First of all, I’d like to thank Julie for sending me a copy of her book, Into the Free. I won a contest on her blog for a different book, but she kindly sent me hers as well. Since I don’t often buy books, it was an unexpected blessing for me!
Before I start, I have to say that David C Cook did such an awesome job on this book cover. The matte, soft feel of it makes it a pleasure to hold, not to mention the color scheme and picture. I notice these things! And now it says New York Times Bestseller, as well–great job, Julie!
This novel begins with the very strong voice of a young girl named Millie. Millie is growing up in Mississippi in the Depression. I was immediately drawn to the first-person, present-tense point of view. I love sticking with one central character for the duration of the book.
And Millie is such a delightful character to follow! Surrounded by violence, drug abuse and other “heavy” situations, she’s growing up asking all kinds of philosophical and theological questions. She initially turns to the gypsies (Romany people) for wisdom. As she grows to be a teen, she falls head-over-heels in love with a young gypsy man.
These young love scenes perfectly capture that easy trust we have in that first boyfriend/girlfriend, when we ask ourselves “Is this what love is?” A time of “puppy love,” as my Grandma once put it. But for Millie, it feels more permanent (doesn’t it always?).
I’m trying not to give spoilers here, so I’ll just say that this book reminds me of times when everything in life seems to conspire against us. People who grow up this way ask God “Why do horrible things happen to innocent people?”
Many of Millie’s buffeting storms seem to be the direct result of the sins of the fathers. We meet a pastor who’s abused his position in his family, nearly crippling their relationship with God.
But Millie has to work through all these things. Do the sins of the fathers cause families to hopelessly repeat the cycle? Or do personal choices? I find her conclusions very interesting.
Julie also clearly knows horses. As she writes about rodeo life, her horse-whispering details are so spot-on, I found myself learning about horses without even trying (I’m more of a dog person, myself).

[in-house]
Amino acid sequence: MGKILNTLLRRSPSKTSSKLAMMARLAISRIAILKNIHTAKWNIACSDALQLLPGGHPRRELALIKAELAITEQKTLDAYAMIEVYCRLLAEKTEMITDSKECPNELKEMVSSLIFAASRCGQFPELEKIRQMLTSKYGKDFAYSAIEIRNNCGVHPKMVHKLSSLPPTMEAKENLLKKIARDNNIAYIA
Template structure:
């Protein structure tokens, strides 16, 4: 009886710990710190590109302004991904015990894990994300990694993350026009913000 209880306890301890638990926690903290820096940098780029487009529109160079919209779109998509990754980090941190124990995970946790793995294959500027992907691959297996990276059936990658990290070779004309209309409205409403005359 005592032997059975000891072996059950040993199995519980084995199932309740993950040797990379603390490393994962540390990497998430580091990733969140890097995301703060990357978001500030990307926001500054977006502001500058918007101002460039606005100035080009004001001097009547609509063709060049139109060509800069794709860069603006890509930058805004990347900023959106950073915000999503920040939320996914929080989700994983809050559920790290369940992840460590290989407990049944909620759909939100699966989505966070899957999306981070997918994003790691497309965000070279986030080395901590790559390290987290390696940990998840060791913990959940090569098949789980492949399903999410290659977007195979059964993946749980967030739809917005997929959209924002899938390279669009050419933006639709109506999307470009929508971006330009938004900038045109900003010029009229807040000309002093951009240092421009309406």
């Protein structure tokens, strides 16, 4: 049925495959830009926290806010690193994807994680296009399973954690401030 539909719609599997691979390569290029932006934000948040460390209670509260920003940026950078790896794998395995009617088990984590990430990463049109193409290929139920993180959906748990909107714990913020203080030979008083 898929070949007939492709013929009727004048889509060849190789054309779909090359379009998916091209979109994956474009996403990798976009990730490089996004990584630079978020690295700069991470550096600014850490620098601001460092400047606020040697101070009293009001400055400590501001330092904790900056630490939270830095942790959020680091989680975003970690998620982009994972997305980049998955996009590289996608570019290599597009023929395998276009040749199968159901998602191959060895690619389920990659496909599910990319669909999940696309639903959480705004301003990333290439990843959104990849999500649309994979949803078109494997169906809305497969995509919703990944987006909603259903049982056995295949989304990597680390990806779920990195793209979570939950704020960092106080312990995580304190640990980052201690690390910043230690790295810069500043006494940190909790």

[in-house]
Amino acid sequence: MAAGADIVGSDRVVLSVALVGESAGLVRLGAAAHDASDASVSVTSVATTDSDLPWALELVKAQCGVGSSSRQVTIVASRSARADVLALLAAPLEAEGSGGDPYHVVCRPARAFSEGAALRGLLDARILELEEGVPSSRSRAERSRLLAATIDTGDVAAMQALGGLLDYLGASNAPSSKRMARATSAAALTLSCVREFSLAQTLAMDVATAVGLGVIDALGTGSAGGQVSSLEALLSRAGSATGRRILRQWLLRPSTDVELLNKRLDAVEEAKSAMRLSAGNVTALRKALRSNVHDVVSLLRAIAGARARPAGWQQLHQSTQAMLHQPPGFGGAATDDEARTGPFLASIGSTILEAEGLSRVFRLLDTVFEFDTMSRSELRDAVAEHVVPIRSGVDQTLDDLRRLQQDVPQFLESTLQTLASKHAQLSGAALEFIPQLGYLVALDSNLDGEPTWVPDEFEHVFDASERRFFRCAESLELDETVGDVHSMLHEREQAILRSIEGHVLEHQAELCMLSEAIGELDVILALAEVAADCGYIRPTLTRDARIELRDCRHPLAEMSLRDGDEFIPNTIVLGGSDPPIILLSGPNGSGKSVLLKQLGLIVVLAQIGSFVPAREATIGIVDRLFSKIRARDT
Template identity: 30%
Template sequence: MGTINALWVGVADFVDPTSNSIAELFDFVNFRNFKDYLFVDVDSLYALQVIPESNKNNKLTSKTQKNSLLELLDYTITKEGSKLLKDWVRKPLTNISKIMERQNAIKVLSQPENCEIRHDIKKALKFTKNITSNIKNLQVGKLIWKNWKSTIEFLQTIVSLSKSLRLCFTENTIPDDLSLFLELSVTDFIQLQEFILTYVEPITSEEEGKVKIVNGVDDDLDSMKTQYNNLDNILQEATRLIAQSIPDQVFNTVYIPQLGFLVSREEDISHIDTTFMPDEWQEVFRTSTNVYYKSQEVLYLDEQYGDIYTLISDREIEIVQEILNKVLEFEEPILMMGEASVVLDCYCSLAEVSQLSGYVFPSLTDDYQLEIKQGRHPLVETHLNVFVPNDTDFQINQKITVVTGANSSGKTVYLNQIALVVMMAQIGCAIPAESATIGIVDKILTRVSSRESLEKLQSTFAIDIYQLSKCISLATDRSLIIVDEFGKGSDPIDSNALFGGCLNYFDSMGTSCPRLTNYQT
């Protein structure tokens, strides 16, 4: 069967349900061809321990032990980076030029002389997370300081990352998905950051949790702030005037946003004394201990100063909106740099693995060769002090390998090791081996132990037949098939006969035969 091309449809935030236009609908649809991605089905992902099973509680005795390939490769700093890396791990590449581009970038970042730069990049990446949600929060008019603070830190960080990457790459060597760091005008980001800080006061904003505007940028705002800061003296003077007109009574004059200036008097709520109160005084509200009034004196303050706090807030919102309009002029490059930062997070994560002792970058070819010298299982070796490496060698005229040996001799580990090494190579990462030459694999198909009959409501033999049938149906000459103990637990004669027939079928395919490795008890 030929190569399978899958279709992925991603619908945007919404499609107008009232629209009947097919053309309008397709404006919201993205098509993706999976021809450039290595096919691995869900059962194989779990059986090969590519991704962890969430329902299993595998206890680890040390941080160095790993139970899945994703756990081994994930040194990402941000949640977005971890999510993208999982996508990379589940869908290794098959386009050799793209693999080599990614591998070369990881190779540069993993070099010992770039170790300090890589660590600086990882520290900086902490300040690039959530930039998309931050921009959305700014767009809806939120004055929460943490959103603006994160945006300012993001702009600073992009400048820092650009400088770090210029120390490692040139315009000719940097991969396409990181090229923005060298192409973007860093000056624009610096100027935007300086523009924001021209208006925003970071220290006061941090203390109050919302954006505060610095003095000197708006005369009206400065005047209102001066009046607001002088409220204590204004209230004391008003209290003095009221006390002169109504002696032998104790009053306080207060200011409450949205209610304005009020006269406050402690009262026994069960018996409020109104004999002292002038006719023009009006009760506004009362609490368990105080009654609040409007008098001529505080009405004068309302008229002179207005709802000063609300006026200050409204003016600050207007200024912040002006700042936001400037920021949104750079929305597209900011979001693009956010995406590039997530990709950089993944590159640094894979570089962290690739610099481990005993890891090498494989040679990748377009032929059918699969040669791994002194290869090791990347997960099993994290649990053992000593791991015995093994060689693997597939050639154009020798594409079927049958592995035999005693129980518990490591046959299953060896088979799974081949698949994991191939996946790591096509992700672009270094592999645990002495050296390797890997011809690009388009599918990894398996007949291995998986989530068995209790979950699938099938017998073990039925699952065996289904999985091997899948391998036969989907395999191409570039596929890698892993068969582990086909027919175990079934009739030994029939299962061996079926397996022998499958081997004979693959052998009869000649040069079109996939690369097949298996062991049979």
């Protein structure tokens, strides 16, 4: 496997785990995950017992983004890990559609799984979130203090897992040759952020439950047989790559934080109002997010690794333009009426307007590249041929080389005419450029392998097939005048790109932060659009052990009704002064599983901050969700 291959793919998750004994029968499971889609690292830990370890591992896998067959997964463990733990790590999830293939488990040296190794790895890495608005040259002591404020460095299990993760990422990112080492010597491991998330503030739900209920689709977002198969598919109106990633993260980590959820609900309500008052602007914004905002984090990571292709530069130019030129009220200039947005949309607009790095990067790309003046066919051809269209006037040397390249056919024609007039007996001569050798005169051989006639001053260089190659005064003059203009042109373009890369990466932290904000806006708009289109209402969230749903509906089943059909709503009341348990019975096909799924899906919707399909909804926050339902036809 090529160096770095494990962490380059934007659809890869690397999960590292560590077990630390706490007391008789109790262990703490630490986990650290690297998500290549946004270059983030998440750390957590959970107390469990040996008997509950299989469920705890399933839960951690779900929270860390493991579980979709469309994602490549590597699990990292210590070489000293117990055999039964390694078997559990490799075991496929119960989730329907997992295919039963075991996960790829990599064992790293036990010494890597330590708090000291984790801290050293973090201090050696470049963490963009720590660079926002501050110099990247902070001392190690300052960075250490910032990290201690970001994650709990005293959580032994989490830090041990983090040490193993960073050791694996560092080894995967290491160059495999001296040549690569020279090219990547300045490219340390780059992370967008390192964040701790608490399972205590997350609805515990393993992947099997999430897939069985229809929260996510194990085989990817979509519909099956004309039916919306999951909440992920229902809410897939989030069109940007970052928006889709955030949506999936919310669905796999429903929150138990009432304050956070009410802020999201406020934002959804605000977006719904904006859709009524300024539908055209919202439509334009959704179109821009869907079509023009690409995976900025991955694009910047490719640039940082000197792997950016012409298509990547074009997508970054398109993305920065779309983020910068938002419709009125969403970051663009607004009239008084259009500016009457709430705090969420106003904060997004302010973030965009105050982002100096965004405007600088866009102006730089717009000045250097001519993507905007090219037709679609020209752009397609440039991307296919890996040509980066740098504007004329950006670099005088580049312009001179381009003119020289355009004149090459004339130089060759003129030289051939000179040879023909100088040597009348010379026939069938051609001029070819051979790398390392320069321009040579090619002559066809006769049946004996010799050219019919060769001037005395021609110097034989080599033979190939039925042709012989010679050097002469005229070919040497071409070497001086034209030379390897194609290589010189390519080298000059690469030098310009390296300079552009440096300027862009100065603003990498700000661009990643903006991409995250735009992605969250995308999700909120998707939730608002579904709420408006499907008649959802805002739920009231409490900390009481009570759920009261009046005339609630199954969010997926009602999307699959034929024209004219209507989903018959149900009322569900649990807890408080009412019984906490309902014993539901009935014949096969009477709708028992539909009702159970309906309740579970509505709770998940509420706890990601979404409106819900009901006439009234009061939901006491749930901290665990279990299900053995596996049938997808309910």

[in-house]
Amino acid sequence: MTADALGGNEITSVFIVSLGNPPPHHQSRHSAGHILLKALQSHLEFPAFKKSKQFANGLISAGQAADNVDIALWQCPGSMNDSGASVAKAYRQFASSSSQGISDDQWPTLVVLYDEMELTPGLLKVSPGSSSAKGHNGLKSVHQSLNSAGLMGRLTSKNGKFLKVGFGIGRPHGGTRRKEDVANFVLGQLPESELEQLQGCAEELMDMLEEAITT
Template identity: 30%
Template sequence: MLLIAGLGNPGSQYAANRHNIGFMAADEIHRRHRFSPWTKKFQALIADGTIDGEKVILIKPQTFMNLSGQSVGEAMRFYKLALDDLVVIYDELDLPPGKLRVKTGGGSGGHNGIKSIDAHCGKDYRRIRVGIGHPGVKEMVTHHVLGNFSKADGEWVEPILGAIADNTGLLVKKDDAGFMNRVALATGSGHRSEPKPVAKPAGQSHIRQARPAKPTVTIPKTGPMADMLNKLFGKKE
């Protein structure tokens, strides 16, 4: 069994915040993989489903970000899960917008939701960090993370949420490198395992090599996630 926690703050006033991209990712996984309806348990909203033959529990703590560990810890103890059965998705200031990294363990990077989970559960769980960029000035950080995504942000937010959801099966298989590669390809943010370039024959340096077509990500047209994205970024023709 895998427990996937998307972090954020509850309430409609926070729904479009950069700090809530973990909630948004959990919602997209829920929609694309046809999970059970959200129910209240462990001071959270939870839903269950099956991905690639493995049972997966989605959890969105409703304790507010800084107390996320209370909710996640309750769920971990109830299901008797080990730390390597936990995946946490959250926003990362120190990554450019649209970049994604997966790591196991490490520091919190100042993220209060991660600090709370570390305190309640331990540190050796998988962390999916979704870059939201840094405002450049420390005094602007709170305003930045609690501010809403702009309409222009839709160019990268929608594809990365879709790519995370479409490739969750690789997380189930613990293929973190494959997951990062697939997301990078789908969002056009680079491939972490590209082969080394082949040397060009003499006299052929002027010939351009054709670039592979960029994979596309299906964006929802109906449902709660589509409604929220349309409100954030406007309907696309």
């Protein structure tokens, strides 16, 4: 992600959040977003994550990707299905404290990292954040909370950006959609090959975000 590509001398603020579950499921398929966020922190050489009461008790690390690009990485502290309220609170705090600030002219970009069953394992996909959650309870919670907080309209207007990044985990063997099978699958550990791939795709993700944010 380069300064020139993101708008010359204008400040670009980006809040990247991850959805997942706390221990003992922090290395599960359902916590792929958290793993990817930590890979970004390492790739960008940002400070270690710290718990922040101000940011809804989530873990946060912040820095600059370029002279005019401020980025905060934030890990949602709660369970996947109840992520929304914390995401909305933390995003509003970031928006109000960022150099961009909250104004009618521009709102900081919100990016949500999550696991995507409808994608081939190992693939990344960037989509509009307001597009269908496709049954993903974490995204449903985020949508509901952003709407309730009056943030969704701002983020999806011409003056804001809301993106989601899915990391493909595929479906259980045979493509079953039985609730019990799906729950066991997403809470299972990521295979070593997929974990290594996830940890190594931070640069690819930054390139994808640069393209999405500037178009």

One of the main characters, “Bump,” has a large, poor family. But they’re thankful for everything God gives them–one of the shining lights in this novel. Makes me want to go over and visit them on the porch (cause I’m southern like that!).
Basically, if you liked The Help, you’ll probably love this book. Very southern, very intense. I’d highly recommend this novel for those who’ve been severely hurt and let down by life.
I’d be negligent if I didn’t mention the clear and captivating prose in this book! I saved the best till last. Here’s a quote that definitely tugged my heart-strings. This advice isn’t what everyone wants to hear in that first flush of young love, but it’s so true. And it made me so thankful, because I know I married the right one. When that dizzy happiness shows up again, years after marriage, it’s so much more fulfilling.
“Any fool can choose the boy who sends her heart into a flurry. But there’s a big deep divide between desire and devotion. You better not choose the boy who makes you dizzy. No, ma’am. You have to choose the one who is steady. Stable. Safe. Choose the one who loves you, through and through, for who you really are. The one who wouldn’t change a single thing about you, even if he could.”
****Have any of you read Julie’s book? I’d love to know your thoughts! If not, I highly recommend it!****